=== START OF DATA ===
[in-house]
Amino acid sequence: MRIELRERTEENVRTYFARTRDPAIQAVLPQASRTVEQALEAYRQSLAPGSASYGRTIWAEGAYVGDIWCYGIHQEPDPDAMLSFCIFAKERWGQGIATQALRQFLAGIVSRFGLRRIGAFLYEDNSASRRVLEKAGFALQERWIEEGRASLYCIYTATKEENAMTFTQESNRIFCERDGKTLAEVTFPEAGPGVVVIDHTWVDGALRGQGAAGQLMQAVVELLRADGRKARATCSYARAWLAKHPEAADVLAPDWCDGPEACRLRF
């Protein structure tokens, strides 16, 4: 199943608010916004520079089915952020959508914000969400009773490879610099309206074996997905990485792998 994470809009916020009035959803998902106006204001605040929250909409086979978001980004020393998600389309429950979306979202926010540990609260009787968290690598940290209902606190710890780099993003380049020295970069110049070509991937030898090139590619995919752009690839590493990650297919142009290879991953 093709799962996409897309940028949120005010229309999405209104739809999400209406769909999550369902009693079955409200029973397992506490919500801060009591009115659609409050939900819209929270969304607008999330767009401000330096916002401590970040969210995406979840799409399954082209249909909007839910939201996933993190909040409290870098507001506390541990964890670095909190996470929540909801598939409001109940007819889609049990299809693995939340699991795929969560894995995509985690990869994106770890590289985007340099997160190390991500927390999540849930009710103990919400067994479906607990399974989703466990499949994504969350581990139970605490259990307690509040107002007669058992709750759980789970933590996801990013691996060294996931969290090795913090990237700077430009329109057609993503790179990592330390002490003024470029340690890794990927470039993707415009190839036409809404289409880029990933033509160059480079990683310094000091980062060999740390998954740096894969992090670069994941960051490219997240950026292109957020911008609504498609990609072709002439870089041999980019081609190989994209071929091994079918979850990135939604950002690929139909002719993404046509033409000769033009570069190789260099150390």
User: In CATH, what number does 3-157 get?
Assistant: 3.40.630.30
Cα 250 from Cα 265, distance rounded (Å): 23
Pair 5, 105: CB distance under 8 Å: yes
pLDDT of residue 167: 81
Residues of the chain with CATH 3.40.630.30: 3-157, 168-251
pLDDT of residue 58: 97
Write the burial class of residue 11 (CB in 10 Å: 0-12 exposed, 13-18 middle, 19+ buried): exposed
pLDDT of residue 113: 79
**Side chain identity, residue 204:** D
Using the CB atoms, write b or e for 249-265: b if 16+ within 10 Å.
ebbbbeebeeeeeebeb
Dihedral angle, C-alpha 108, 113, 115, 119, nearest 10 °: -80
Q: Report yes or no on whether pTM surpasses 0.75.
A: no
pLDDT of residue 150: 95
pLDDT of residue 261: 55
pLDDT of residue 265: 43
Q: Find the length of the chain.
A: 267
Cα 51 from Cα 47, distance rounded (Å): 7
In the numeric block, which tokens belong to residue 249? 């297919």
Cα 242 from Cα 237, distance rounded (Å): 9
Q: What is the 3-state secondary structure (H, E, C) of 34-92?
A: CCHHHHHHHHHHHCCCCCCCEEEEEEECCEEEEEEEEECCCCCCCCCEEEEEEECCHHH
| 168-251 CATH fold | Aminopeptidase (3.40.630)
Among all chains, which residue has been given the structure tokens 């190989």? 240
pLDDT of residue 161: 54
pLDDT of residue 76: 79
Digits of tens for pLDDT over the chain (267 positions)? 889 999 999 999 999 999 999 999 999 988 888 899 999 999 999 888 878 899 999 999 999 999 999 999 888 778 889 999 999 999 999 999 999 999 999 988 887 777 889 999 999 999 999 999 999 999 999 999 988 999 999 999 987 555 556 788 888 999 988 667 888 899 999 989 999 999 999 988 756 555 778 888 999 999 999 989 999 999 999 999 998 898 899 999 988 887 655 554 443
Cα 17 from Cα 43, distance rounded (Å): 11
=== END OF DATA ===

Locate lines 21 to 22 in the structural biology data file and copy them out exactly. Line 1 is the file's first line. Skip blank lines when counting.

pLDDT of residue 265: 43
Q: Find the length of the chain.